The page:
How bout that fiery ditch? Great, pretty, love it. I’d change one thing though: The defenders should’ve left a hole in it. Basic principle: You’ve got a defensive work surrounded by overwhelming numbers. Inevitably, some part of it will fail. Maybe several parts at once. If you make a small section deliberately weak, you create your own Hot Gates. You can focus a large part of your force on a small gap that the enemy can only come through so many at a time. Because these enemies are stupid zombies, they won’t be smart enough to understand what’s going on and will keep piling into your choke point. Tactically sound. Dramatically, you now have a mini 300 in your battle sequence. A’OO!

I don’t have much to say about the dragons. I think they were used well, either doing strafing runs on the dead or protecting the castle from zombodragon™. I liked the freezing winds as an explanation why they weren’t doing more, being a sort of medieval-magical ‘electronic countermeasures,’ blinding aircraft to limit their effectiveness.

I apologize for adding my harp to the great harp orchestra that already harps on this, but: Helmets. Armor for your brain is really, really important. That’s why evolution gave us way more armor for our brain than anywhere else. I’ll make an exception for the dragon riders because they need unrestricted fields of view, but everybody else should helmet up. I know we need to see the actors’ faces. I’m an actor. I get it. I want the potent emotional tradecraft I trained at so hard on display too. We need the viewers’ emotional investment. Having them yell ‘Where the fuck is your helmet’ at the screen does not help their investment. There are three compromises we can make, and a mix of all three would do wonders for this show. First, unique character helmets. Y’know, like the Hound’s amazing hound helm that he doesn’t have anymore. Something cool and recognizable so we know who it is. Second, helmets that don’t cover the face. There are lots of neat looking non-face helmets to pick from. Third, characters getting their helmet knocked off or broken. Imagine Jorah Mormont cutting a swath through the undead in his bear-crest helm. An axe strike cleaves his helmet apart, leaving a gash in his expressive actorface. There’s a few seconds of that slow motion ear-ringing thing that action movies love so much, then he’s back at it, scarred and shaken but alive because he was wearing a freakin’ helmet.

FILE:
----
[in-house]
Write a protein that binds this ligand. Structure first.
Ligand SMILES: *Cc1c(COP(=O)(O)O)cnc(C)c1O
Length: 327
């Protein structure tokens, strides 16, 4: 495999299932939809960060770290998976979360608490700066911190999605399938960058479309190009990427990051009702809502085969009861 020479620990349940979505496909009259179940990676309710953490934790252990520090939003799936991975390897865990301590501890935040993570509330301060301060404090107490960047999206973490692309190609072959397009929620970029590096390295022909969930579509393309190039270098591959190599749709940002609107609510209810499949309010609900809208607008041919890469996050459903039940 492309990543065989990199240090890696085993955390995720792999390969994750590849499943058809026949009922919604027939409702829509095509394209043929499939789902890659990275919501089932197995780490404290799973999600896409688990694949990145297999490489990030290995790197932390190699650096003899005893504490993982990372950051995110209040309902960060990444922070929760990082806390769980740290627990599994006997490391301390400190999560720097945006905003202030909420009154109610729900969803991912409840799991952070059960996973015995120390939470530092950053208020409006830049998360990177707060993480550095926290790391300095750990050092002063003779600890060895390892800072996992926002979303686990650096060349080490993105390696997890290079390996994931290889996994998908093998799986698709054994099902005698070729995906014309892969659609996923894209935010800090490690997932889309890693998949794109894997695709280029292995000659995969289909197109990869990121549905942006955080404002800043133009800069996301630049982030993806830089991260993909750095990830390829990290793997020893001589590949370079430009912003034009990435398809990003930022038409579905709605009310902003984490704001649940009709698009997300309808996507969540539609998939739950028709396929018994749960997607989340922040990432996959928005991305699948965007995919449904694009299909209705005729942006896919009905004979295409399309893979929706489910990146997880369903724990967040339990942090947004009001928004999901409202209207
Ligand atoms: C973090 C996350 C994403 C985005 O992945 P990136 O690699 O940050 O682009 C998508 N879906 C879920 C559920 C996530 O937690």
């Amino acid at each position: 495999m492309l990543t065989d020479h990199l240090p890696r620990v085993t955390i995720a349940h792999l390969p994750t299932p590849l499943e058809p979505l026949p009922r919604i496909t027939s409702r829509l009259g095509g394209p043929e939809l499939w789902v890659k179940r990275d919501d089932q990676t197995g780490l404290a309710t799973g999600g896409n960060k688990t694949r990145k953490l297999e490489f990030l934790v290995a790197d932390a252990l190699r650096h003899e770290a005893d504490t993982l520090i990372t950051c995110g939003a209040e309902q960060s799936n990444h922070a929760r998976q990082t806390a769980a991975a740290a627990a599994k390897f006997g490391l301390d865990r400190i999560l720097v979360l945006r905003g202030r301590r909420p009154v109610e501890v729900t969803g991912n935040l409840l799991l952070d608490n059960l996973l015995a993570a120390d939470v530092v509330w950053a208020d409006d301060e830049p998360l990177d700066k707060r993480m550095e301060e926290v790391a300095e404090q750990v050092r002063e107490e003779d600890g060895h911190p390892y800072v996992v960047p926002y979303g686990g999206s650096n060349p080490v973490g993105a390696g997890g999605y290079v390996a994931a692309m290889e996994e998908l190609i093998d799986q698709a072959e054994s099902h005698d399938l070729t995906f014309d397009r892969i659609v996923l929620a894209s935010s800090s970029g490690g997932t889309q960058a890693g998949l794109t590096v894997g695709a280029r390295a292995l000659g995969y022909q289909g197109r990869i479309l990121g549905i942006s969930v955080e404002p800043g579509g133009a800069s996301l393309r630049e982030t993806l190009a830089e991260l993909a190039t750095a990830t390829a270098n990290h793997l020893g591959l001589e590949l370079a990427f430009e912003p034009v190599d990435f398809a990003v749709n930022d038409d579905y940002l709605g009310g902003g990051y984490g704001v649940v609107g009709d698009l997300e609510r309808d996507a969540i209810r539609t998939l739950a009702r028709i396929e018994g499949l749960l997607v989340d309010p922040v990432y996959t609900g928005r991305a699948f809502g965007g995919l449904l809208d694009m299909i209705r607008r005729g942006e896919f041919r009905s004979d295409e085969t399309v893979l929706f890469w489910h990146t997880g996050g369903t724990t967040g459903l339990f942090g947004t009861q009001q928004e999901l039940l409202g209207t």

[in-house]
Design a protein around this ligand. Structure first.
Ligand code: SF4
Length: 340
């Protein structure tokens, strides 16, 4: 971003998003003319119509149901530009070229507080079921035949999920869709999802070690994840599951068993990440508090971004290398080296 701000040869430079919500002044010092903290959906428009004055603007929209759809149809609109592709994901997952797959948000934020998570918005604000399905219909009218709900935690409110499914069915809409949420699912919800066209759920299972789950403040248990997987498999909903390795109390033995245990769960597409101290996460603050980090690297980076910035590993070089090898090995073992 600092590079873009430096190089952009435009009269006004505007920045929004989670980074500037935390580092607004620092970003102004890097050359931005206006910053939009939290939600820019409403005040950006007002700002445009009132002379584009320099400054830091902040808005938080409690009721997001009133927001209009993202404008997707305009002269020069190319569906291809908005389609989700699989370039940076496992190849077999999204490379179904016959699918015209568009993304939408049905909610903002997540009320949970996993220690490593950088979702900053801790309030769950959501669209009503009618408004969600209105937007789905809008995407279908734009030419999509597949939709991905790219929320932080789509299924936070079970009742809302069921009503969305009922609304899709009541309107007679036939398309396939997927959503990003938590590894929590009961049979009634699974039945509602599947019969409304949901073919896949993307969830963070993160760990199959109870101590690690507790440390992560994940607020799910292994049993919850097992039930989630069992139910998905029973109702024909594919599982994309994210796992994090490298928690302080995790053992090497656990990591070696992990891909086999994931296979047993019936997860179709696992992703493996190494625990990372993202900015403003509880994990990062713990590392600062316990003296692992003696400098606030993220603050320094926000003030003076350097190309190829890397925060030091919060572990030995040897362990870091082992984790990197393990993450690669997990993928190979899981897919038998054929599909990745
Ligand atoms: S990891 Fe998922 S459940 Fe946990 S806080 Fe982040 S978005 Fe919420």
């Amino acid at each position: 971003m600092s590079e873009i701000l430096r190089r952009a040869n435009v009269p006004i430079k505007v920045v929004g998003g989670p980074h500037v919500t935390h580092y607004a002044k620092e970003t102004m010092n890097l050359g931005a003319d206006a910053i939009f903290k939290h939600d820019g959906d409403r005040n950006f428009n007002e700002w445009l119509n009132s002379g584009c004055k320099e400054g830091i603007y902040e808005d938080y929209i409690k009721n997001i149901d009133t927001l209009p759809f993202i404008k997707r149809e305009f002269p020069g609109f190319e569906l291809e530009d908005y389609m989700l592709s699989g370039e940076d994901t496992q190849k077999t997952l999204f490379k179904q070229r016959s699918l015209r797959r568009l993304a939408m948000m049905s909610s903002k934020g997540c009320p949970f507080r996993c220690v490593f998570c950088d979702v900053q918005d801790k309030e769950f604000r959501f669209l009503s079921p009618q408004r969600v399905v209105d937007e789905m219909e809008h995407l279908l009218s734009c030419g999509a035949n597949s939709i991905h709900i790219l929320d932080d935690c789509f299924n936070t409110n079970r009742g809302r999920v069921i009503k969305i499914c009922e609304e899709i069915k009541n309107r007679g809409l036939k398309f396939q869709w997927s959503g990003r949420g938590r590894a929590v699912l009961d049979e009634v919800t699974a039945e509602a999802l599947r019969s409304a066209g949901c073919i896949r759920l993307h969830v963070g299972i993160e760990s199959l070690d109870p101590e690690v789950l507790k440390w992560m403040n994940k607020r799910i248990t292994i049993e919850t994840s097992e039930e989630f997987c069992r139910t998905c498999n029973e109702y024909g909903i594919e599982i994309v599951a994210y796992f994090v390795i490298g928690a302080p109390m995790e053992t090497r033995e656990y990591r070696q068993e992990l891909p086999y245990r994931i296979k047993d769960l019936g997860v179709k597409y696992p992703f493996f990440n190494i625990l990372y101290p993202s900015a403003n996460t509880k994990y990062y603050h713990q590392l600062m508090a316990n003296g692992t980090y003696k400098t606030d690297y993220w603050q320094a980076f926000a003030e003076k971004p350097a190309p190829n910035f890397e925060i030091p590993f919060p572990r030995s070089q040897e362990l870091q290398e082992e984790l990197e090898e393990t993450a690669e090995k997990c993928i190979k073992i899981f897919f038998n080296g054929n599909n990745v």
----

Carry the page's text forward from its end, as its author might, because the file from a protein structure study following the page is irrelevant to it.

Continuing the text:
This last thing is kind of a sore spot. I will try not to be too rantish. Okay. Here goes.

You can’t just stab through armor. You can’t just stab through armor. You can’t just stab through armor. You can’t just stab through armor. You can’t just stab through armor. You can’t just stab through armor. You can’t just stab through armor. You can’t just stab through armor. You can’t just stab through armor. You can’t just stab through armor. You can’t just stab through armor. You can’t just stab through armor.

Throughout this and other films, swordsmen routinely thrust and sometimes even cut right through the strongest parts of an enemy’s armor. This actively detracts from the fantasy element of the series. It could be a big dramatic thing to show magic-infused Valyrian steel and the ice weapons of the white walkers cleave steel to demonstrate how magic and cool they are. It could be, but it isn’t, because normal-ass swords punch through plate like it’s not, oh, a solid sheet of hardened steel.

What’s frustrating is that the show does get it right sometimes. Arthur Dayne is killed by a blade slipped into the gap between his backplate and his helmet(because he was wearing a freakin’ helmet). In this episode, one of the hits Jorah takes clearly slips under his shoulder plate, exploiting a weak spot. But seconds after that a normal zombie shoves a crappy little sword right through his backplate. You could say that the fact these characters stay alive so long in spite of being swarmed implies that their armor is effective. But if you keep showing it being ineffective you’re kinda shooting yourself in the foot. Or, stabbing yourself in the foot through your foot armor.

Here’s what it comes down to in the opinion of someone who’s both a ‘legit’ sword student and a Shakespeare-slinging stage combatant: Having an armored fighter’s armor effectively cease to exist when inconvenient isn’t just unrealistic. It’s lazy choreography and lazy storytelling. An armored person requires more interesting techniques to kill. More interesting means more interesting for an audience. It means more creative choreography and, I’m gonna invoke the keystone of drama, bigger stakes.

Whew. Okay. I should reiterate(or iterate, I’m too tired to go back and check): I liked this episode. The forces of death were terrifying; not merely an army, but an irrepressible tide of cosmic change. Arya’s library stealth brought back old memories of the legendary kitchen scene in Jurassic Park. Jorah and Lady Lyanna did every Mormont proud with their heroic sacrifices. Theon kept Bran safe, bought crucial time, and absolutely did not sow. It was well done and well acted, and I’m looking forward to the rest of the season.

Just wear a freakin’ helmet, please.